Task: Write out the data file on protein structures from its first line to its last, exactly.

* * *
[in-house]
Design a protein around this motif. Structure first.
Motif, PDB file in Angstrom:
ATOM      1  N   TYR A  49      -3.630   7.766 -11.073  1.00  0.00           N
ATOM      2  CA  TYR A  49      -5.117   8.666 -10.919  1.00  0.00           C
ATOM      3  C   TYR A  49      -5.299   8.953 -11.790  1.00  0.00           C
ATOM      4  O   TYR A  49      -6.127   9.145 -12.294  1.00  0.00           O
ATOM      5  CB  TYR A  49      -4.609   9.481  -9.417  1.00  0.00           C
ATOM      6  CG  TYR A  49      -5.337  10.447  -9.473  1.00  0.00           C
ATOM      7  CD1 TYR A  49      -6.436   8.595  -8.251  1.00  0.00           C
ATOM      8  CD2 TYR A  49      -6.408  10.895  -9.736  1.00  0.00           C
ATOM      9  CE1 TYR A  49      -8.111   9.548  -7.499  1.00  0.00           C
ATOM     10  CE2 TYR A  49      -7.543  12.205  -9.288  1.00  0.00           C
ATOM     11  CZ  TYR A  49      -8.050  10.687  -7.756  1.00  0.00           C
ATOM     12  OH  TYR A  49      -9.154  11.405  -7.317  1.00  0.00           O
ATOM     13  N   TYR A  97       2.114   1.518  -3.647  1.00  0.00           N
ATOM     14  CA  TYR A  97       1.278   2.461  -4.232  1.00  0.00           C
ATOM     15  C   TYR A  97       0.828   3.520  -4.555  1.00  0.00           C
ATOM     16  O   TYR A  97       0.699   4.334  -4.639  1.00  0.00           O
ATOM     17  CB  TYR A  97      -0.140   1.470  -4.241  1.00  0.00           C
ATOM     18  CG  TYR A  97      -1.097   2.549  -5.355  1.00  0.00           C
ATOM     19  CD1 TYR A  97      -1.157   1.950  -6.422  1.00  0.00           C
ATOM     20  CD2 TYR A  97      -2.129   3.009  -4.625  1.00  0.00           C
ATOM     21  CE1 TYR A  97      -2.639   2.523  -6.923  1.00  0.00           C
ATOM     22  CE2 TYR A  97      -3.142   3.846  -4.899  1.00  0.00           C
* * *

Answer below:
[in-house]
Design a protein around this motif. Structure first.
Motif, PDB file in Angstrom:
ATOM      1  N   TYR A  49      -3.630   7.766 -11.073  1.00  0.00           N
ATOM      2  CA  TYR A  49      -5.117   8.666 -10.919  1.00  0.00           C
ATOM      3  C   TYR A  49      -5.299   8.953 -11.790  1.00  0.00           C
ATOM      4  O   TYR A  49      -6.127   9.145 -12.294  1.00  0.00           O
ATOM      5  CB  TYR A  49      -4.609   9.481  -9.417  1.00  0.00           C
ATOM      6  CG  TYR A  49      -5.337  10.447  -9.473  1.00  0.00           C
ATOM      7  CD1 TYR A  49      -6.436   8.595  -8.251  1.00  0.00           C
ATOM      8  CD2 TYR A  49      -6.408  10.895  -9.736  1.00  0.00           C
ATOM      9  CE1 TYR A  49      -8.111   9.548  -7.499  1.00  0.00           C
ATOM     10  CE2 TYR A  49      -7.543  12.205  -9.288  1.00  0.00           C
ATOM     11  CZ  TYR A  49      -8.050  10.687  -7.756  1.00  0.00           C
ATOM     12  OH  TYR A  49      -9.154  11.405  -7.317  1.00  0.00           O
ATOM     13  N   TYR A  97       2.114   1.518  -3.647  1.00  0.00           N
ATOM     14  CA  TYR A  97       1.278   2.461  -4.232  1.00  0.00           C
ATOM     15  C   TYR A  97       0.828   3.520  -4.555  1.00  0.00           C
ATOM     16  O   TYR A  97       0.699   4.334  -4.639  1.00  0.00           O
ATOM     17  CB  TYR A  97      -0.140   1.470  -4.241  1.00  0.00           C
ATOM     18  CG  TYR A  97      -1.097   2.549  -5.355  1.00  0.00           C
ATOM     19  CD1 TYR A  97      -1.157   1.950  -6.422  1.00  0.00           C
ATOM     20  CD2 TYR A  97      -2.129   3.009  -4.625  1.00  0.00           C
ATOM     21  CE1 TYR A  97      -2.639   2.523  -6.923  1.00  0.00           C
ATOM     22  CE2 TYR A  97      -3.142   3.846  -4.899  1.00  0.00           C